Op Ed: The Scarcity of Female Programmers

By Reagan McCreary

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Margaret Hamilton

A flaw in the Apollo 11 Lunar lander’s radar system began sending loads of false data to its onboard computer three minutes before the lander reached the moon’s surface. Fortunately, NASA programmer Margaret Hamilton designed a system “smart enough to recognize that it was being asked to perform more tasks than it should be performing.” Without her work, we would not remember the Apollo 11 mission as the first to place human beings on the moon (alive).

Katherine Johnson calculated the flight trajectories for the Apollo 11 mission. Ada Lovelace wrote what we now recognize as the very first computer program. Grace Hopper wrote the first compiler, which is the software that turns raw code into a set of instructions understandable by a computer. Barbara H. Liskov’s research enabled the design and implementation of object-oriented programming languages, which are the most widely used languages today. While recuperating from childbirth, Erna Schneider Hoover came up with a computerized telephone system which revolutionized telecommunication in the 1950’s.

These are a small number of the many women whose work in the early days of computing showed that the Y-chromosome has nothing to do with the potential to succeed in the field. From the advent of the modern computer until around 1984, the ratio of female to male computer scientists increased steadily:

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Source: National Science Foundation, American Bar Association, American Association of Medical Colleges; Credit: Quoctrung Bui/NPR

But what happened in 1984?

A bunch of white dudes happened.

Early personal computers required much more hands-on coding than today’s, and they were primarily marketed toward men as a tool and toward boys as a toy. As sad and hilarious as this advertisement appears to us now, the culture of the 1980’s was effective in encouraging boys lucky enough to have access to a Commodore 64 to play games and learn how to code. The same culture taught girls to attract men and become homemakers with their Tinkerbell Makeup and Barbie Dreamhouses.

Because the first commercial computers required complex knowledge for effective use, the first few who truly understood them typically preferred time spent learning alone above interpersonal interaction. Gradually, the stereotype of the socially awkward programmer geek took flight, pushing more women away from the field. Not only is programming for boys; it’s for “weird,” arrogant boys with bad hygiene and no fashion sense who love to creep people out.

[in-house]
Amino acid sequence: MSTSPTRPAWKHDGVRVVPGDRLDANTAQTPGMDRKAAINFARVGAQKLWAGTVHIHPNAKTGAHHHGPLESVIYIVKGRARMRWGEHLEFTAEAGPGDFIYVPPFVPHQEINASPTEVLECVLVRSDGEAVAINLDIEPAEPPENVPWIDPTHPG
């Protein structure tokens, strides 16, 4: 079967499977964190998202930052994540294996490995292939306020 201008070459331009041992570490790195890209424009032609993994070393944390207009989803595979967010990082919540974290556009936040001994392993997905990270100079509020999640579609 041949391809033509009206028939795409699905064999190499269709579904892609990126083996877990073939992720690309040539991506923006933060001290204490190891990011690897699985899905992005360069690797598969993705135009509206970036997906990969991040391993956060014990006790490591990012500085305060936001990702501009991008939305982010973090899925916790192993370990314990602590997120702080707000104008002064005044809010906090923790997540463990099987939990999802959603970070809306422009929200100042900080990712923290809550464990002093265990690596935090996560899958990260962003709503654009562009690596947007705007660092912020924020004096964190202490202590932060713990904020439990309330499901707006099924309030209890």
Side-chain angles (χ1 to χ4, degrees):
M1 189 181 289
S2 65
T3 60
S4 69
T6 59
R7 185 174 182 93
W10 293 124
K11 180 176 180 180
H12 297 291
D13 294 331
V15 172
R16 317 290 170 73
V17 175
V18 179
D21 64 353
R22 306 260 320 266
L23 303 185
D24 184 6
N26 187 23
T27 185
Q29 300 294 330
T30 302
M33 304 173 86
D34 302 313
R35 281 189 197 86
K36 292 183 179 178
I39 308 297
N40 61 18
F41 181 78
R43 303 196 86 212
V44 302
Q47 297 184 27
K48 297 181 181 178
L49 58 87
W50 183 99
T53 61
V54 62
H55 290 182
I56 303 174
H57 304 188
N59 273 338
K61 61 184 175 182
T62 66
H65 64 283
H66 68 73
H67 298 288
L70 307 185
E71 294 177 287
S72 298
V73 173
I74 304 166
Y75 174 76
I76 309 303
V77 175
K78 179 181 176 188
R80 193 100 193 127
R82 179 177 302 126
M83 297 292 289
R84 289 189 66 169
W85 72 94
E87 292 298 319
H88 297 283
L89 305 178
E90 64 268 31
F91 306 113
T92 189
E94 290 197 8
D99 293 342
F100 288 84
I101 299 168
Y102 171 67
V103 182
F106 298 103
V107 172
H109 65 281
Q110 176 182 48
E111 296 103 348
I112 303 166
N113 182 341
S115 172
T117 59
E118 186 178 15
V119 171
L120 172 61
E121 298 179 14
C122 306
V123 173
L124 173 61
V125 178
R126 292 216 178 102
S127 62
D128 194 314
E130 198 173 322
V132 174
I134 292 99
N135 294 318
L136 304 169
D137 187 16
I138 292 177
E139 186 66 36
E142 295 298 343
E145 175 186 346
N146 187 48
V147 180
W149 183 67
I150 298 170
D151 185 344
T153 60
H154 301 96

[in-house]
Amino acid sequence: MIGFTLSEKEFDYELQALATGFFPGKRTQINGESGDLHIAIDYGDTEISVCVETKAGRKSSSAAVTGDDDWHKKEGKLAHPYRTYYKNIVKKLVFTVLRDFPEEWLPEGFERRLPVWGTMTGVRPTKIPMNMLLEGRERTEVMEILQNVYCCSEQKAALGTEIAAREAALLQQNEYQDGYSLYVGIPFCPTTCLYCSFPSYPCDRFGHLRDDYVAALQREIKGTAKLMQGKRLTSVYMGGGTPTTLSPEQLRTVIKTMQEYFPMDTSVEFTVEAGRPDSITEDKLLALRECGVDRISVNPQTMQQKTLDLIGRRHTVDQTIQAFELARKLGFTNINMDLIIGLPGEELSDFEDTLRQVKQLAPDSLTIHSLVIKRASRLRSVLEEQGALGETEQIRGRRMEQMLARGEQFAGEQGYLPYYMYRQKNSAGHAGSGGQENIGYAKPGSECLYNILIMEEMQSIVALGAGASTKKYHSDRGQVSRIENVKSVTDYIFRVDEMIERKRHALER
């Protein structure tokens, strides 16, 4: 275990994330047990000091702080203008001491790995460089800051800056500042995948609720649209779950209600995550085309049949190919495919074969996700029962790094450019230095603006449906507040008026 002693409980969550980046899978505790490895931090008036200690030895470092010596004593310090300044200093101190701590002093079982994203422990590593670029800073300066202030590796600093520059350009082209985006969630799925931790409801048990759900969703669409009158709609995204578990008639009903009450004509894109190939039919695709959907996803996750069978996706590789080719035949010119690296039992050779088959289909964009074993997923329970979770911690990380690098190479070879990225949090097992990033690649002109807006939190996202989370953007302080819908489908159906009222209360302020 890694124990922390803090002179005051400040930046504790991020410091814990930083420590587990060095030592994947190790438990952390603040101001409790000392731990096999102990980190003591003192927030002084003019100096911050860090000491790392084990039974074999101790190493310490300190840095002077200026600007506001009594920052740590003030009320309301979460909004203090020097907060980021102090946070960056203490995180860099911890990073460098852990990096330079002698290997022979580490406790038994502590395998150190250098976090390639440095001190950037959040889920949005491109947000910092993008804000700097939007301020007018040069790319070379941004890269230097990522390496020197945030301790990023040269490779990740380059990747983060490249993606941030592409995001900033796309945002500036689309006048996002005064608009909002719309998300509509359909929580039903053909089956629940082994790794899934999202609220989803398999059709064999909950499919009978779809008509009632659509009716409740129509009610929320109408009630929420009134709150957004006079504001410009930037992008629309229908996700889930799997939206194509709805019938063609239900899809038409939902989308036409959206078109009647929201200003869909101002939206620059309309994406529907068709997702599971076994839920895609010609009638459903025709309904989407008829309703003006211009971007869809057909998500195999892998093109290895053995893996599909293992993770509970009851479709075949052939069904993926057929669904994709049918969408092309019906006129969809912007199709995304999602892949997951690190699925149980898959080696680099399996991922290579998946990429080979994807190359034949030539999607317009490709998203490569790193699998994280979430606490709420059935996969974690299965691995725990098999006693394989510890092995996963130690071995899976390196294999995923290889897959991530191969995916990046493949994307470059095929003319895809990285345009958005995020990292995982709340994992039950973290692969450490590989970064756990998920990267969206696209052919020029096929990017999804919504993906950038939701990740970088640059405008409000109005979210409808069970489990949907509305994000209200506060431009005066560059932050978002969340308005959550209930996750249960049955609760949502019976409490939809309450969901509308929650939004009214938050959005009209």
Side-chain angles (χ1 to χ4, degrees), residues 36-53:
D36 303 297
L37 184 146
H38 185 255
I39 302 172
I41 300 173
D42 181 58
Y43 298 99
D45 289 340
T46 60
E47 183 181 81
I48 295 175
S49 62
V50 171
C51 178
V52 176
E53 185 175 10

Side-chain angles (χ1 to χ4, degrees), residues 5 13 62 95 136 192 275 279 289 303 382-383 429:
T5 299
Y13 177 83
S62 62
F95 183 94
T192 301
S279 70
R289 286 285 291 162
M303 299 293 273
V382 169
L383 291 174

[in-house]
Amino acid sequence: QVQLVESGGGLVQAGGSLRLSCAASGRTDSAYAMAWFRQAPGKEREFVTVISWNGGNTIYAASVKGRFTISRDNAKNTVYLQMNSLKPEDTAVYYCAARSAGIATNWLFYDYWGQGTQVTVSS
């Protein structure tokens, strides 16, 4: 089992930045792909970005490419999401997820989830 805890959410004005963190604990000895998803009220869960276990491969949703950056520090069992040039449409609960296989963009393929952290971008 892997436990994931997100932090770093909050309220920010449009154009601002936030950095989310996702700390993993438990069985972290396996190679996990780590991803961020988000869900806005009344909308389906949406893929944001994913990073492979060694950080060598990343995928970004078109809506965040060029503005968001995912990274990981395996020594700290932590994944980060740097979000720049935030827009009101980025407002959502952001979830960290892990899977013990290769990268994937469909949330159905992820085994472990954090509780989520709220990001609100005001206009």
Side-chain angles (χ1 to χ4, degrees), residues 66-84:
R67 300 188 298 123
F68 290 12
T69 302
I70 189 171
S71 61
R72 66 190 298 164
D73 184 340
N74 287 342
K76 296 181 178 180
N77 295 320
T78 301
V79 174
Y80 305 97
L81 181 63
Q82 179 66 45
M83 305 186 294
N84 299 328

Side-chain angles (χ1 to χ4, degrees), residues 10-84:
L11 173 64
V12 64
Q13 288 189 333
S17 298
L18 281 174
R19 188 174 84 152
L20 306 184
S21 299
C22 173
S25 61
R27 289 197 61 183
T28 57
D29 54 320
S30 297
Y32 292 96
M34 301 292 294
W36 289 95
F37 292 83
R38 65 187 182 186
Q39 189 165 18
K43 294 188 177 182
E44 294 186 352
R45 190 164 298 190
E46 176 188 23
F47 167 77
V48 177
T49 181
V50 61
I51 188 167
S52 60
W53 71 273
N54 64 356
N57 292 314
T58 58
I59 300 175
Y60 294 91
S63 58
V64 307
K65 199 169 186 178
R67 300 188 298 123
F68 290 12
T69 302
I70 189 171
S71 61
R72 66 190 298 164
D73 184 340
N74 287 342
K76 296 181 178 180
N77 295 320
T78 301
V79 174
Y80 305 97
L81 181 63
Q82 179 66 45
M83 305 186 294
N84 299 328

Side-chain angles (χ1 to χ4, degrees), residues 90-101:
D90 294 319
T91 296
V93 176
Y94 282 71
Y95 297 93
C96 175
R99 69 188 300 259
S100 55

This is especially problematic now that computer science is so vital in our society. The ever-increasing human dependency on thinking machines places certain people in an elite class of knowledge. Our economy values technical skill and rewards it with higher pay. Discouraging women from entering highly technical and challenging fields can only serve to widen the existing gender gap.

The idea that select people can enter these fields belies the nature of computer programming. Too many people fail to meet the challenge of learning math or programming because they’re “not good at it” or it’s “not intuitive” to them. I take every opportunity to correct people who say things like this. In reality, if you can understand this sentence, then you can understand the pure logic of programming. It’s just too easy to give up early when you believe, consciously or not, that you inherently lack the ability to do something. Our culture produces an environment which allows budding female professionals to believe that their efforts toward learning math and science will ultimately fall short to those of males, that somehow their gender dictates a limit on their ability. Beyond that, women who manage to overcome the barriers preventing them from learning the necessary skills face even greater barriers once employed. Feelings of isolation in a sea of men, constant (often unintentional) acts of microaggression, and environments which treat women as foreign objects can turn even the most capable female programmer away from doing what she loves.

“You can do anything you put your mind to.” I remember hearing phrases like this from the moment I could understand them. Now that I’m older it rings true, at least in my case. I question its validity in general. I decided to study computers in college, and now I can make software. My status as a white, suburban male opened all of the avenues for me, and I felt no pressure to stifle my love for math or science because it would be unbecoming of someone of my gender, race, or socioeconomic class. I cannot say with certainty that I would have made the same decision had I been born anything other than a white male. I definitely would not have made the decision had it been unavailable to me, as it is to many.

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